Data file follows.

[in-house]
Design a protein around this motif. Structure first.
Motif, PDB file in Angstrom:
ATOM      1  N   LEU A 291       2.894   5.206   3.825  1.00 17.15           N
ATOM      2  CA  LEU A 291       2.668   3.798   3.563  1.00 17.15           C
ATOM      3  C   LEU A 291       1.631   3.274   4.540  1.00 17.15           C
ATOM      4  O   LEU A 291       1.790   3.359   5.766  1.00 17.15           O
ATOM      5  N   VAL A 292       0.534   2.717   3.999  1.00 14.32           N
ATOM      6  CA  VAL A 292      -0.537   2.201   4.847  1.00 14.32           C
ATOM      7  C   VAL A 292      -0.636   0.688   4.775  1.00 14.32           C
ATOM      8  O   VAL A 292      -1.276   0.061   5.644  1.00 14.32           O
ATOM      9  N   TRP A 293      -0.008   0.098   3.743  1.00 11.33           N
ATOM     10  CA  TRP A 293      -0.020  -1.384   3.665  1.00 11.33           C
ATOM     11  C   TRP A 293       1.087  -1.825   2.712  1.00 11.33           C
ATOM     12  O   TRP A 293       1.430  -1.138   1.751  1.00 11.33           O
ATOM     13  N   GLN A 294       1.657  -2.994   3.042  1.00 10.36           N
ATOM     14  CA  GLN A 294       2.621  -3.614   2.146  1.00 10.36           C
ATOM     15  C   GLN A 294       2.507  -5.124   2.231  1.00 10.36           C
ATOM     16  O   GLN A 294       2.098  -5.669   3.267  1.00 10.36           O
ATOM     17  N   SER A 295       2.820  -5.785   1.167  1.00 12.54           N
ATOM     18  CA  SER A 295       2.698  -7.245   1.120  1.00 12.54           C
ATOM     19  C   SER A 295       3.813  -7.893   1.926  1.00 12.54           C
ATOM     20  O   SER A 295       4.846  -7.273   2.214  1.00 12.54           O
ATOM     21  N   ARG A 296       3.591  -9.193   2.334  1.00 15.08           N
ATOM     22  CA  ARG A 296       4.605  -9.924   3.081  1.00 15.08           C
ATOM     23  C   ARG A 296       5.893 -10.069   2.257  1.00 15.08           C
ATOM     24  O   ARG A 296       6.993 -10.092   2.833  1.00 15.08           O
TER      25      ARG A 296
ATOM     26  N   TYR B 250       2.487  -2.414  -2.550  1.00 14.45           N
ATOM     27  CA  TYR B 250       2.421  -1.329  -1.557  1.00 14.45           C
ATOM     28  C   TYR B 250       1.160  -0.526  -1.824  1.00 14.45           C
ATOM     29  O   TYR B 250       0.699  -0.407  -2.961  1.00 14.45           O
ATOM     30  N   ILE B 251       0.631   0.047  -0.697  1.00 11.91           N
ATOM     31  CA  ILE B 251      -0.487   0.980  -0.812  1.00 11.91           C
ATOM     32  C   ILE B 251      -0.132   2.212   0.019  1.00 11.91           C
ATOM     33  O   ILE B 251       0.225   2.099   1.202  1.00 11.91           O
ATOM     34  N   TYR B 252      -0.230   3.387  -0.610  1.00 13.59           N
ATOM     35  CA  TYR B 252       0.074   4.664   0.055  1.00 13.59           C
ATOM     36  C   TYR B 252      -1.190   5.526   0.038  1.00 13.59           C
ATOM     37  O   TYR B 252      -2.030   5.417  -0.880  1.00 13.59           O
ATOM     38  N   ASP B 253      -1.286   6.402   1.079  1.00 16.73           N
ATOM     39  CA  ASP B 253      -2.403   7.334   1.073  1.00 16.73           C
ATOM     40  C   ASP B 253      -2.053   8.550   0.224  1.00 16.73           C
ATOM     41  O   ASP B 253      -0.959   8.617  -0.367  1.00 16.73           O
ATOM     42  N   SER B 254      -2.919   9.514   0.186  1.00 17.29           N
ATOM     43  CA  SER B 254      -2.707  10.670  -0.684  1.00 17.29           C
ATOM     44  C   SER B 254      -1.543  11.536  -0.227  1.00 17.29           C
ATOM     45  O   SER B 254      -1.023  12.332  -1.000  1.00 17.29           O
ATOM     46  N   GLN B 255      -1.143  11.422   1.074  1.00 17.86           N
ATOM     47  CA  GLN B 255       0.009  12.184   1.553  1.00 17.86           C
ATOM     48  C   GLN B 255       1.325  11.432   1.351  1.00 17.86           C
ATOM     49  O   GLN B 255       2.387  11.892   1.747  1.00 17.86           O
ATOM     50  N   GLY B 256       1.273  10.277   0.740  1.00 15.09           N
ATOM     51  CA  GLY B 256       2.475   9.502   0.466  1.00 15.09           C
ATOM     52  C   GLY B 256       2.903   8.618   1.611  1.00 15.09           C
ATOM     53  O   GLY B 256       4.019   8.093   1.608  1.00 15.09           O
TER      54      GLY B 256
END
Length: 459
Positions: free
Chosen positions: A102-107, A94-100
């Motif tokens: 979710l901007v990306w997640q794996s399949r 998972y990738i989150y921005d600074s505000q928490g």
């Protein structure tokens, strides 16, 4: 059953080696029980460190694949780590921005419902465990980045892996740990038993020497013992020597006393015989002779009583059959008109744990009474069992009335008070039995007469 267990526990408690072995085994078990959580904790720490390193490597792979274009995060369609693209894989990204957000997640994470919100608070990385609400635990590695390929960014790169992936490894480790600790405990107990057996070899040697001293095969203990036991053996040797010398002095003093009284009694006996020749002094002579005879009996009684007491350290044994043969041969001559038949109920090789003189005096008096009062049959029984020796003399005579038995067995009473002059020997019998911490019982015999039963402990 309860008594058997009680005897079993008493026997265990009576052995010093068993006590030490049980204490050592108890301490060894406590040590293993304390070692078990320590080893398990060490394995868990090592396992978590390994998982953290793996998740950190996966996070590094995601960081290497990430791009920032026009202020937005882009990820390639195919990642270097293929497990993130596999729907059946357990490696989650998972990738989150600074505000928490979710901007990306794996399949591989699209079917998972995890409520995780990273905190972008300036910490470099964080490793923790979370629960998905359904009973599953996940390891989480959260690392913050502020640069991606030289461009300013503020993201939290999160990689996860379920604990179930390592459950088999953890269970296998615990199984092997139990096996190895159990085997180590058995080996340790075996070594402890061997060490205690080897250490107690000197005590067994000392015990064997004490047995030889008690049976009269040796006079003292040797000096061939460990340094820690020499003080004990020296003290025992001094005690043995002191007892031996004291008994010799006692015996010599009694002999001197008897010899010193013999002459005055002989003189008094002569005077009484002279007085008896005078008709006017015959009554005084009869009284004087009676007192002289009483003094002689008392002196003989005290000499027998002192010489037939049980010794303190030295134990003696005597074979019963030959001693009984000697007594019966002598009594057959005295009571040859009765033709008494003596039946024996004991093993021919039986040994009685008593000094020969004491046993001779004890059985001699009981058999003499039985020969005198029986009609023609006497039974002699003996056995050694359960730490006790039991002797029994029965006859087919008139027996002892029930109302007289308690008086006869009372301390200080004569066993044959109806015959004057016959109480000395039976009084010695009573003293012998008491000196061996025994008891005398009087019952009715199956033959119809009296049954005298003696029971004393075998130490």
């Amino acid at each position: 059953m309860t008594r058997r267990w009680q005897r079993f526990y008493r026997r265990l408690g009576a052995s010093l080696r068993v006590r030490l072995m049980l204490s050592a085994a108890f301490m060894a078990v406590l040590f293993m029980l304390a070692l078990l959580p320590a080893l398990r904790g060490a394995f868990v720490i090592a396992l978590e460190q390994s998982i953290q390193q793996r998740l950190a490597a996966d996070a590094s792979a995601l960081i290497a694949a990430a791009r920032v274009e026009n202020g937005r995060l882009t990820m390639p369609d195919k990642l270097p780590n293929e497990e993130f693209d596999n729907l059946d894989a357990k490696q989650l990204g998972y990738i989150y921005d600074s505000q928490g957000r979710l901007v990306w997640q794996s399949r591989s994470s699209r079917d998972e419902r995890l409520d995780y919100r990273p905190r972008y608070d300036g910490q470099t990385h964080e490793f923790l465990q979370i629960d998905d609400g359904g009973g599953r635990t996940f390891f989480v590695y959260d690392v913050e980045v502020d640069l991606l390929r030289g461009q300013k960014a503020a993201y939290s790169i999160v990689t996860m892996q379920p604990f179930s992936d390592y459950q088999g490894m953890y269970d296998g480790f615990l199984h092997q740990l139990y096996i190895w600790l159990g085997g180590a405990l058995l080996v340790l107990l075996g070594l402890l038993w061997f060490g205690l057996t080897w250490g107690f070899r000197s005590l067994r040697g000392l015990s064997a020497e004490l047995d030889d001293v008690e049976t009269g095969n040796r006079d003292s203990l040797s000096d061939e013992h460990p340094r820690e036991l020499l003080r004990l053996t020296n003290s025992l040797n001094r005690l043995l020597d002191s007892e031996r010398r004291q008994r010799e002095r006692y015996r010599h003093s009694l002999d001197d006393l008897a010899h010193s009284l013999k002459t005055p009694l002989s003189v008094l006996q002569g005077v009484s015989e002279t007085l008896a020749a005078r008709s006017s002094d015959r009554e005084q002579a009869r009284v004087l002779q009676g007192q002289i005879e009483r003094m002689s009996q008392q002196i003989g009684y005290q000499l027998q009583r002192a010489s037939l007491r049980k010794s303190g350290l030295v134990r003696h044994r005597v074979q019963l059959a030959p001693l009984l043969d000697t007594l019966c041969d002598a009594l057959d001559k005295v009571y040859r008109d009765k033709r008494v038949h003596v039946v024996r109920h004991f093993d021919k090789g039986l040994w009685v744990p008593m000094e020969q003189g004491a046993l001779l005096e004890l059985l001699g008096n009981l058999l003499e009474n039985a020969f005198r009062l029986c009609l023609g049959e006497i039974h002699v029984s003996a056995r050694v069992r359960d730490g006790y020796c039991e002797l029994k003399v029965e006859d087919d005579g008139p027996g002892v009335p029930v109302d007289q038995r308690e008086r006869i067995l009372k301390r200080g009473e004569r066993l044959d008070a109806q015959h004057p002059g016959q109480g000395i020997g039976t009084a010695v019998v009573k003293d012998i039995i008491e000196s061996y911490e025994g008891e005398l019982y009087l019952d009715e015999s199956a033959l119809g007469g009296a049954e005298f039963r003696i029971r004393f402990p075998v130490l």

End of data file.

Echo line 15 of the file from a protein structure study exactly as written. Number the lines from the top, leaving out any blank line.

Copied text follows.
ATOM     12  O   TRP A 293       1.430  -1.138   1.751  1.00 11.33           O